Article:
At least five people were killed at the weekend and more than 40 others arrested at the International Pentecost Holiness Church in Zuurbekom, west of Johannesburg, in the early hours on Saturday. Picture: Supplied / SAPS
At least five people were killed at the weekend and more than 40 others arrested at the International Pentecost Holiness Church in Zuurbekom, west of Johannesburg, in the early hours on Saturday. Picture: Supplied / SAPS

41 IPHC suspects appear on murder, damage to property charges

By Jonisayi Maromo Time of article published Jul 13, 2020

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Pretoria – At least 41 men arrested during the attack at the Leonard Modise-led International Pentecostal Holiness Church (IPHC) headquarters in Zuurbekom, Gauteng, on Monday appeared in the Westonaria Magistrate’s Court charged with murder, attempted murder and malicious damage to property.  

“In the early hours of Saturday, 11 July 2020 the South African Police Service (SAPS) responded to an incident of shooting wherein it was alleged that a group of men stormed into the church yard armed with rifles, shotguns and pistols and started attacking security personnel as well residents of the church compound,” said the National Prosecuting Authority’s Gauteng spokesperson, Phindi Mjonondwane. 

She said police units that attended to the crime scene managed to rescue the people that were held hostage, including women and children.  

“Two of the suspects were injured during the crossfire between the alleged assailants and the church’s security officials. They are currently hospitalised and will appear in court as soon as they are released from hospital,” said Mjonondwane. 

“An attorney, a member of the South African National Defence Army (SANDF) and a SAPS official are amongst the accused that appeared in court today (Monday). All accused were remanded in custody till Wednesday, 15 July 2020 for further investigations.” 

On Sunday, after the attack of the IPHC headquarters, allegedly by a rival faction seeking to take control, Leonard Modise appealed for intervention to stop the bloodshed. At least five people were killed in the takeover bid on Saturday morning.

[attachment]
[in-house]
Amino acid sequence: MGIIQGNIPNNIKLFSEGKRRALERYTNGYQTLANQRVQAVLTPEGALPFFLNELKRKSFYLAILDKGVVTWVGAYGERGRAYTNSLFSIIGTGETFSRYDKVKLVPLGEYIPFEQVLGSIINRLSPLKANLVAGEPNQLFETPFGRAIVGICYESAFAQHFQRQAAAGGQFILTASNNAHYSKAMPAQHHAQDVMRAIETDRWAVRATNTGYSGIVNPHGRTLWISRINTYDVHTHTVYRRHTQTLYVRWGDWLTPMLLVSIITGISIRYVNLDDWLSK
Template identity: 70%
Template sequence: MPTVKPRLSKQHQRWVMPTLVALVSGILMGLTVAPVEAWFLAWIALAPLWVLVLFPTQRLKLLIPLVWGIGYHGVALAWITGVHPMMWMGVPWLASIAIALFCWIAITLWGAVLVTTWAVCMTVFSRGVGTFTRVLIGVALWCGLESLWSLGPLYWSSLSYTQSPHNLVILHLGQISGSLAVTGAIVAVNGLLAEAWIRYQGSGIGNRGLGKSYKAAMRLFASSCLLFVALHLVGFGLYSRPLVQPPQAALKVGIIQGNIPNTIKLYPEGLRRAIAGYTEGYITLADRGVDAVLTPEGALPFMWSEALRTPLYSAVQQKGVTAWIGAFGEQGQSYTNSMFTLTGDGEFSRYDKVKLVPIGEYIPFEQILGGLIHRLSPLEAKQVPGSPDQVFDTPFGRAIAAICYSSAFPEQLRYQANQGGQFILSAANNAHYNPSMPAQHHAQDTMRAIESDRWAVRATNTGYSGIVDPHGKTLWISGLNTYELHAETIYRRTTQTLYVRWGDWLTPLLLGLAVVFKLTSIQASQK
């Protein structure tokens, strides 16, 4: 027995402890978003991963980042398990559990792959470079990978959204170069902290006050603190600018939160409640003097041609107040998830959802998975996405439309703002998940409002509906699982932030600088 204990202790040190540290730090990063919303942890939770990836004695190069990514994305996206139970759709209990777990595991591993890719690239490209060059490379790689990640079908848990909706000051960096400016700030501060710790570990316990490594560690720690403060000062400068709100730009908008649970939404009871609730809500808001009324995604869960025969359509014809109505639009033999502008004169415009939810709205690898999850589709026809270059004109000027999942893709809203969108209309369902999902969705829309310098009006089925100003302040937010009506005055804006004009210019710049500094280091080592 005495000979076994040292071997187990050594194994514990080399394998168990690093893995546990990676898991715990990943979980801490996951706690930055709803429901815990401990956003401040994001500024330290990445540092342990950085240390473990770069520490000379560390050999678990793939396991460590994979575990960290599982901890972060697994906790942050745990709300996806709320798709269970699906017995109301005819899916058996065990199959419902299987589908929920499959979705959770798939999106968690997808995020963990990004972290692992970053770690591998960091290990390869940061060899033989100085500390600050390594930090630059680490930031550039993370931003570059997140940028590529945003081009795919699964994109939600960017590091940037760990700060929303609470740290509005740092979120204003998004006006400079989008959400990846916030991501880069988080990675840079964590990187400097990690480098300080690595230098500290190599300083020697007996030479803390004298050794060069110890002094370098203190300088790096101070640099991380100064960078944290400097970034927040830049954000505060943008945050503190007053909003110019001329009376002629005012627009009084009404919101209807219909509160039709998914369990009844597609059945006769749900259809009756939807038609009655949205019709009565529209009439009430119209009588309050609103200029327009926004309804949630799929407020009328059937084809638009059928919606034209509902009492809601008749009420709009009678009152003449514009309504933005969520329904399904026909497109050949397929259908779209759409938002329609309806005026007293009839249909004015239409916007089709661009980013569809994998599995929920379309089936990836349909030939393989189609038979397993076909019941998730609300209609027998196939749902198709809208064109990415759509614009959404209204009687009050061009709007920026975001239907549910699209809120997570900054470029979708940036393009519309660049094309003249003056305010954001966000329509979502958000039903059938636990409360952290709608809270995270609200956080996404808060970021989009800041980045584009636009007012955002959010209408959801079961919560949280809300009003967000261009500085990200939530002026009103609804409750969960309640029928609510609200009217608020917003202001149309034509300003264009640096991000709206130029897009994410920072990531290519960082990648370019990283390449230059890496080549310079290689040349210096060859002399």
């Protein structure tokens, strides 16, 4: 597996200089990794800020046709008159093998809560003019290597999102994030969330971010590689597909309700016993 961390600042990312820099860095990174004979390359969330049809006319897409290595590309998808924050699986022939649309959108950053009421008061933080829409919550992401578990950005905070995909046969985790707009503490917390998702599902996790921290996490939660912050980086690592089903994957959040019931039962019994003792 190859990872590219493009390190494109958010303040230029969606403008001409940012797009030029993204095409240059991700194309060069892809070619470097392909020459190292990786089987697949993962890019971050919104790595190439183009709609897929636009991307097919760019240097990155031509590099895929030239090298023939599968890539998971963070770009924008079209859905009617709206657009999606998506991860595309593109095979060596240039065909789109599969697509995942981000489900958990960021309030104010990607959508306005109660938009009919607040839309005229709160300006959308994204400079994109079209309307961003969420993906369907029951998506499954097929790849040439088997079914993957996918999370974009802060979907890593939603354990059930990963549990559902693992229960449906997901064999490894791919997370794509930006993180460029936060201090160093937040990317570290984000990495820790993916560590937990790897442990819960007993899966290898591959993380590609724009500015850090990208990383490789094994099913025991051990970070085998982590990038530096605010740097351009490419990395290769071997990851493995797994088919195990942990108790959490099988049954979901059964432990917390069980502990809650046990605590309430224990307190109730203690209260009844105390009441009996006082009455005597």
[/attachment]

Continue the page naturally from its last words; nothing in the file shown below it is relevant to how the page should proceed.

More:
“This is a church of peace, a church of love and a church which heals. The people who attacked this place yesterday (Saturday) were here to hijack God’s land. 

"We are begging you to help us, as law enforcement agencies," said Modise, younger son of the late church leader "Comforter" Glayton Modise, who died in 2016. 

The well-known church, which boasts a 3 million membership in South Africa and neighbouring countries, has been engulfed in a bitter three-way conflict to succeed Glayton Modise, who "inherited" the church from his father and founder, "Comforter" Frederick Samuel Modise, in 1998. 

There has been intensive conflict between the three main contenders – Glayton Modise's two sons, Frederick Leonard Goitsemang and Tshepiso, and Michael Sandlana, reportedly Modise's son out of wedlock – to take over the reins of the church. 

Leonard Modise has in the past told the North Gauteng High Court in Pretoria that his late father publicly and lawfully anointed him to be his successor before he died. Leonard Modise leads the IPHC group based at the Silo headquarters church in Zuurbekom. The other two contenders run different church splinter groups elsewhere.  

Tshepiso Modise currently leads one of the biggest IPHC branches in Springs, east of Johannesburg, while Sandlana leads the splinter church from the Jerusalem branch in Pretoria. 

On Saturday, national police commissioner Lieutenant-General Khehla John Sitole, said four people were found shot and burnt to death in a car, while a fifth victim, a security guard, was also fatally shot in his car while apparently attending to the complaint.

Police arrested over 40 suspects, including six people who had been taken to hospital. Among those arrested were members of the SAPS, SANDF, Johannesburg Metro Police Department and Correctional Services. Over 34 firearms, including five rifles, 16 shotguns and 13 pistols, had been seized.

In November 2018, a shoot-out between feuding factions of the church left three people wounded outside the church in Zuurbekom. In 2017, the warring factions went to court over claims that more than R110 million was missing from the church coffers.

African News Agency (ANA)

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